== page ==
Old Radnor, Powys – St Stephen

Go and have a look at Old Radnor parish church said one of the ladies in Kington, so we did – SO 250590. St Stephen’s church is in Wales, but still the Church of England. (That’s made it fun when the Covid regulations have been different across the border). The views are lovely, and we should probably have gone to the pub next door. Good website – their photos are better than mine, so do have a look – https://www.kingtonparishes.org.uk/oldradnor

There was probably an early church here dedicated to the Welsh saint Ystyffan, a member of the Welsh royal family of the C6. The stunning font is pre-Conquest (perhaps as early as the C8). The Normans assumed that Ystyffan and Stephen are the same bloke, started to build their parish structure, and put Old Radnor into Hereford diocese. Its patronage moved from the princes of Powys to the hands of the Mortimer family. I didn’t take a close up of the stone in the nave by the chancel arch, but apparently it may have been the tombstone of Hugh Mortimer, rector here 1257-90. He was also parson of Bisley in Gloucestershire and in 1270 was granted licence for life “to hunt with his own dogs, the fox, the hare, the badger, and the cat through the forests of Oxford, Gloucester and Worcester.”

There was probably an early church here dedicated to the Welsh saint Ystyffan, a member of The church today is largely a rebuilding of the C15 and early C16 centuries – its size, proportions and balance, suggest it was rather more than just a parish church, some sort of collegiate church. In pre-Reformation times there were five altars, which suggests a college of priests maintaining the worship. The tower was also designed for security – apparently there is space where a beacon could be lit should reinforcements be needed from the castle at New Radnor.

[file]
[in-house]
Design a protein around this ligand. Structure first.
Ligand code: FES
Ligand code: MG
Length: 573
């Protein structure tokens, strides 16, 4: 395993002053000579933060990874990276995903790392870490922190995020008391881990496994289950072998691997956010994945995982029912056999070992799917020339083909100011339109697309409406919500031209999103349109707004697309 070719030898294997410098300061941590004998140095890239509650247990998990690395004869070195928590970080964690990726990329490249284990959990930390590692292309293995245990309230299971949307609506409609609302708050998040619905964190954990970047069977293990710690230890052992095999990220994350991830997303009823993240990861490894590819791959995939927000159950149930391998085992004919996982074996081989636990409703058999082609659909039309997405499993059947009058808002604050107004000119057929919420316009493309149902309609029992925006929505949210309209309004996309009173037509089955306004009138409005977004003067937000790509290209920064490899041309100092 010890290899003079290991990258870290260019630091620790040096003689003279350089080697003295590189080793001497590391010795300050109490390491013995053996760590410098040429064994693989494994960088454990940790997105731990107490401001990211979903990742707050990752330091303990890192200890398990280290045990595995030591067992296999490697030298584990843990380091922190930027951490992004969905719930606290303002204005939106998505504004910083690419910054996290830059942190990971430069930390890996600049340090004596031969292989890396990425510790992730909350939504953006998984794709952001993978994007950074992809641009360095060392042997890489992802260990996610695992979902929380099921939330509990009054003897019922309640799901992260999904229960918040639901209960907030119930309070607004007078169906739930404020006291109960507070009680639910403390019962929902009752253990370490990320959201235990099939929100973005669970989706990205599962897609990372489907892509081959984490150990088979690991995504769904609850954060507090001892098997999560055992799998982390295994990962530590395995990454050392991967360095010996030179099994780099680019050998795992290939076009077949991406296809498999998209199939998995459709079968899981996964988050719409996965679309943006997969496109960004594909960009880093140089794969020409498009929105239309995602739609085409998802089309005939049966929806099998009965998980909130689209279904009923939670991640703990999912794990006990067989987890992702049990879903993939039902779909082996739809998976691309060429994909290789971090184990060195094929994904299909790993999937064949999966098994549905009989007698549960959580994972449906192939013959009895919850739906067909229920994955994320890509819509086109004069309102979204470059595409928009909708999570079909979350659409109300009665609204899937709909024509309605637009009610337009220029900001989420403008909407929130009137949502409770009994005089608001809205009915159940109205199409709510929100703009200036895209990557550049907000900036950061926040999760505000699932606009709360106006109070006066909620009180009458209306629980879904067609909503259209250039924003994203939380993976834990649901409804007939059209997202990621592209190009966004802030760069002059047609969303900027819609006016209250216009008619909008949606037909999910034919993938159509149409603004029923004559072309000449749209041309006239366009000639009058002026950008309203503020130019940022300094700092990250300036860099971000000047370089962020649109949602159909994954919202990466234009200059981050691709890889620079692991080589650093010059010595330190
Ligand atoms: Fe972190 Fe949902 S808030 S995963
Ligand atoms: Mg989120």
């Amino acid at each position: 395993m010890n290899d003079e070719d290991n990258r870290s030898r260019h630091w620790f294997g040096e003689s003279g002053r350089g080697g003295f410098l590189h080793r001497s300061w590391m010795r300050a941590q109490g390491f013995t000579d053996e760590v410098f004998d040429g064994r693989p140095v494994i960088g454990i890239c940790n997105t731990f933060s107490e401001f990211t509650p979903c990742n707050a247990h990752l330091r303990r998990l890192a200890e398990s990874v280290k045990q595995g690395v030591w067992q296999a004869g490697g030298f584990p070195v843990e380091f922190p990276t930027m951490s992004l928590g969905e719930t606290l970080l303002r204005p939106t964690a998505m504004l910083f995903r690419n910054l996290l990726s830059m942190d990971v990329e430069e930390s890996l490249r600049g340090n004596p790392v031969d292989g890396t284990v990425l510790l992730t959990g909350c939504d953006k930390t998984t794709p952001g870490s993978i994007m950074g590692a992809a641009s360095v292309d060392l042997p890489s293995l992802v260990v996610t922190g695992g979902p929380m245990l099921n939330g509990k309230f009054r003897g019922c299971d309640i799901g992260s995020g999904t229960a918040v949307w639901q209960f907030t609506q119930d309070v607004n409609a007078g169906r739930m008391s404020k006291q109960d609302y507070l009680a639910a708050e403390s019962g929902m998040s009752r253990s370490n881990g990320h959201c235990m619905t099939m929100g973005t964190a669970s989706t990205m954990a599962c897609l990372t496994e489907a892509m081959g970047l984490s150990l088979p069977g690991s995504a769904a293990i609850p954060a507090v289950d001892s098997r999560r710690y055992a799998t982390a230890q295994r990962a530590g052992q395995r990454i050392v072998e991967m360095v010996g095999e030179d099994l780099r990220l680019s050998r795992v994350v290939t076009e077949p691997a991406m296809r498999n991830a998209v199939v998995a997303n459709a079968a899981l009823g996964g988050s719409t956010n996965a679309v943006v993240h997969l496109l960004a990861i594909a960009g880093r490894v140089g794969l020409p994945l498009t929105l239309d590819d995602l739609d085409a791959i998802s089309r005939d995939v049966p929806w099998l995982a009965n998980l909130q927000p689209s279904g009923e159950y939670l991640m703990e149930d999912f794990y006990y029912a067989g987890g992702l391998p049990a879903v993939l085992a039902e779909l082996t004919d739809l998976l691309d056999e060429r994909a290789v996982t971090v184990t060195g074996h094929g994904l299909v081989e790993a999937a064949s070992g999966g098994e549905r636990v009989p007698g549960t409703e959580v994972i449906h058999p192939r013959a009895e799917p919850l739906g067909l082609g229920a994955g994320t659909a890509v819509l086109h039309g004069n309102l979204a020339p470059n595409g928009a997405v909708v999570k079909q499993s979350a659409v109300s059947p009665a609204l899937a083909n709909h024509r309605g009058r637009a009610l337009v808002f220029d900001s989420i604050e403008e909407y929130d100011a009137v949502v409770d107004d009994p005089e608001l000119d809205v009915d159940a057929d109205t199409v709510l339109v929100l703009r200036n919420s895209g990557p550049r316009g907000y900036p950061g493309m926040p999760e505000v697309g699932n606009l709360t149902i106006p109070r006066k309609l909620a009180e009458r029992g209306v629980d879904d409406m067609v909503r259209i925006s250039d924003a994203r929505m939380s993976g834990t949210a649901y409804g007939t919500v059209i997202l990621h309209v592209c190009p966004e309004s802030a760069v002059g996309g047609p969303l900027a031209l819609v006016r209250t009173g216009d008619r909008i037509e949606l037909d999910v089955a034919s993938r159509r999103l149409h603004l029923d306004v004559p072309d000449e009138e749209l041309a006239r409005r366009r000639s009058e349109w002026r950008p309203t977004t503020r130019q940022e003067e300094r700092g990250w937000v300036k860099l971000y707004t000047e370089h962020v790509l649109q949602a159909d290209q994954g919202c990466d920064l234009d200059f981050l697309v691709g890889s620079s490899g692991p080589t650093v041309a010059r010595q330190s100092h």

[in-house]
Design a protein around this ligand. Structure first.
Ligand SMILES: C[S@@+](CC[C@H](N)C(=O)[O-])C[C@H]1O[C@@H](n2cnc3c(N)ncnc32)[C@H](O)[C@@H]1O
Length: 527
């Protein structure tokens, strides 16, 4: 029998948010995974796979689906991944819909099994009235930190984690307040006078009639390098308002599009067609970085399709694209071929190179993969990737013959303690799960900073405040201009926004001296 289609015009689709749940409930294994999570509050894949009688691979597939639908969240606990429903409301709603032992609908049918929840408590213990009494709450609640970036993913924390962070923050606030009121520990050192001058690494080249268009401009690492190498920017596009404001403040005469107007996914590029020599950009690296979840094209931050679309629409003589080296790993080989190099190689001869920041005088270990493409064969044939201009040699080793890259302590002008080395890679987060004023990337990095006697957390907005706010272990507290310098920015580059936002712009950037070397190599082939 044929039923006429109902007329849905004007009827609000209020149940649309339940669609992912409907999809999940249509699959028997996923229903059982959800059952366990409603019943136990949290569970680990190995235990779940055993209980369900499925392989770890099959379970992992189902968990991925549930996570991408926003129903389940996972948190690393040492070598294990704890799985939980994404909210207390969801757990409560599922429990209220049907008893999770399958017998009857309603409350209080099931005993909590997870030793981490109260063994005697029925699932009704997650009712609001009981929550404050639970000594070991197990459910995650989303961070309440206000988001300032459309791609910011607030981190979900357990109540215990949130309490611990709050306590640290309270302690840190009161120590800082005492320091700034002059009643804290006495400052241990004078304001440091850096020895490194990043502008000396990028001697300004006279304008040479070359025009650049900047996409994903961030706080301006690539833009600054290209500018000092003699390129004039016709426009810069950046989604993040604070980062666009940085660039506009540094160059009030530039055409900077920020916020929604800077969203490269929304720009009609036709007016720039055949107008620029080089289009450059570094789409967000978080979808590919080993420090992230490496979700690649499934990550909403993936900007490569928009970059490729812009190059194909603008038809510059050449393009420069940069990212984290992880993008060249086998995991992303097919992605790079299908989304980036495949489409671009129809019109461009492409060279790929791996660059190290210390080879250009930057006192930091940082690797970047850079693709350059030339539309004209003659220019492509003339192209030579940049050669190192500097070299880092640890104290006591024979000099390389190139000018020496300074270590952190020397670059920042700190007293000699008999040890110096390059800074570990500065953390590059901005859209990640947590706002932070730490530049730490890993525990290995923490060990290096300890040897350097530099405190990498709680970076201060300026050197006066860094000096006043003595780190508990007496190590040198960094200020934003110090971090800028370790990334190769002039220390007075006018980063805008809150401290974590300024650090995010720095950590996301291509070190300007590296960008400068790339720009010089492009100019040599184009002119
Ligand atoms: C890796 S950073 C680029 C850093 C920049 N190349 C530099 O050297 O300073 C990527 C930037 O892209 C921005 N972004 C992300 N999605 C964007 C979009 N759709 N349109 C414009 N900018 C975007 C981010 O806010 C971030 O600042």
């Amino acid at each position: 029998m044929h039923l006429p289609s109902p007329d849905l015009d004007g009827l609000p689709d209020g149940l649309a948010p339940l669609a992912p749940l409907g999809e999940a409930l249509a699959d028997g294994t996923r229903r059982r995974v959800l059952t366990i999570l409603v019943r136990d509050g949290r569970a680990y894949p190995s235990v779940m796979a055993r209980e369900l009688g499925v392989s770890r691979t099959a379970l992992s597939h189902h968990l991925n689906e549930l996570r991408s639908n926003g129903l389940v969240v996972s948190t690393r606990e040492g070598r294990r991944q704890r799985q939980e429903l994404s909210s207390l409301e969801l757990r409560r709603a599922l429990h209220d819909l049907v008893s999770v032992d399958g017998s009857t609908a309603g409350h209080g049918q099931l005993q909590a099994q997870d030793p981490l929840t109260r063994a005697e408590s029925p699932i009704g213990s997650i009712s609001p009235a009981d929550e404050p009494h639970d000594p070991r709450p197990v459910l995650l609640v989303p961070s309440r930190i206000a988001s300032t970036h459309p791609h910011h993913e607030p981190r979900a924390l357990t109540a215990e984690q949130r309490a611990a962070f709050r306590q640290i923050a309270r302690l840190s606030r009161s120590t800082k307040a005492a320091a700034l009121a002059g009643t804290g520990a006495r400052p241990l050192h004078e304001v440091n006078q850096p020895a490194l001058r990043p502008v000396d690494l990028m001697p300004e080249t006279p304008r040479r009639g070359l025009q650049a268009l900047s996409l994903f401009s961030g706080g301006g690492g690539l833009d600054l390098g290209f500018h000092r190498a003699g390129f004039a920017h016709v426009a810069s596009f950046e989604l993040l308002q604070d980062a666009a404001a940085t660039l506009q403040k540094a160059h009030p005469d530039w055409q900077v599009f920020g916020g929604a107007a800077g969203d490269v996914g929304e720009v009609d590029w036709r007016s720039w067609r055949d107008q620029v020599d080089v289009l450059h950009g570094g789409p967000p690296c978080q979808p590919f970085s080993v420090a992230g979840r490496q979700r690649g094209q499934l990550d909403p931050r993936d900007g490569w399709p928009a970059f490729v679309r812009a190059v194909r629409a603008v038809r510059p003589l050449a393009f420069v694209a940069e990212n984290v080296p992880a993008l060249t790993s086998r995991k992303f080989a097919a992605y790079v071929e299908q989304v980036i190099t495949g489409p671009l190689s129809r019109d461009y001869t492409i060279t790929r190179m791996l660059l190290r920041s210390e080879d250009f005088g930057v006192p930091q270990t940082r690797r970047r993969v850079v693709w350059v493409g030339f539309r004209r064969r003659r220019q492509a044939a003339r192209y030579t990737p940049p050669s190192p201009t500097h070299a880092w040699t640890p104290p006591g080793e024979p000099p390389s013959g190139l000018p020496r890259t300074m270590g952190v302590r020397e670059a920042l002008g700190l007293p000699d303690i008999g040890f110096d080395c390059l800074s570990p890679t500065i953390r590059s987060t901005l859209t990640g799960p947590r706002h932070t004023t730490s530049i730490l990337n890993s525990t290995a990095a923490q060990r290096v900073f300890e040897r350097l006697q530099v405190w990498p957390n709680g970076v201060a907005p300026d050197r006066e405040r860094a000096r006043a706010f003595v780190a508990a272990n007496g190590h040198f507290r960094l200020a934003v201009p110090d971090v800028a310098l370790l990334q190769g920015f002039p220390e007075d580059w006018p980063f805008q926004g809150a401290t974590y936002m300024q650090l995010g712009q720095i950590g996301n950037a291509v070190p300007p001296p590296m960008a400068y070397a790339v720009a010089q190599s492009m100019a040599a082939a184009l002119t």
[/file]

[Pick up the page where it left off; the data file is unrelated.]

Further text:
The most stunning thing in the church is the C15 screen. It stretches right across the church, including both aisles, and would once have held a rood (the statue of Christ on the cross with Our Lady and St John). It is the work of Gloucestershire carvers, and their work can also been seen at Cirencester. Originally it would have been painted too – we tend to forget the colourful experiences that worship would have been. I failed to photo the stalls, including one which still has a medieval iron book chain – to make sure the clergy didn’t walk off with the book I assume.

The organ case is apparently the earliest surviving organ case in the British Isles – C16, restored in 1872. It has been suggested that the organ came from Worcester Cathedral when it was replaced by a bigger instrument. There’s also a connection made with the composer John Bull, organist to the Chapel Royal and first Professor of Music at Gresham College, was born in the parish in 1563. Apparently the organ is worth hearing. The roof is rather splendid too, and I should have got some better photos.

You can also enjoy some tiles, some Victorian glass (Easter Sunday morning), a splendid memorial, and a lovely angel.

Sacred to the memory of Thomas Lewis Esq of Harpton, who descended from an Ancient and respectable family in this County: on the accession of the present Royal Family, he was called by the voice of his countrymen, to represent his native Borough in Parliament: in which character he served them during the reigns of George the 1st and 2nd, a period of near 30 years. He was blest with a clear understanding and sound judgment.

It had been worth the drive to visit a friendly bookshop and two lovely churches – one either side of the border.

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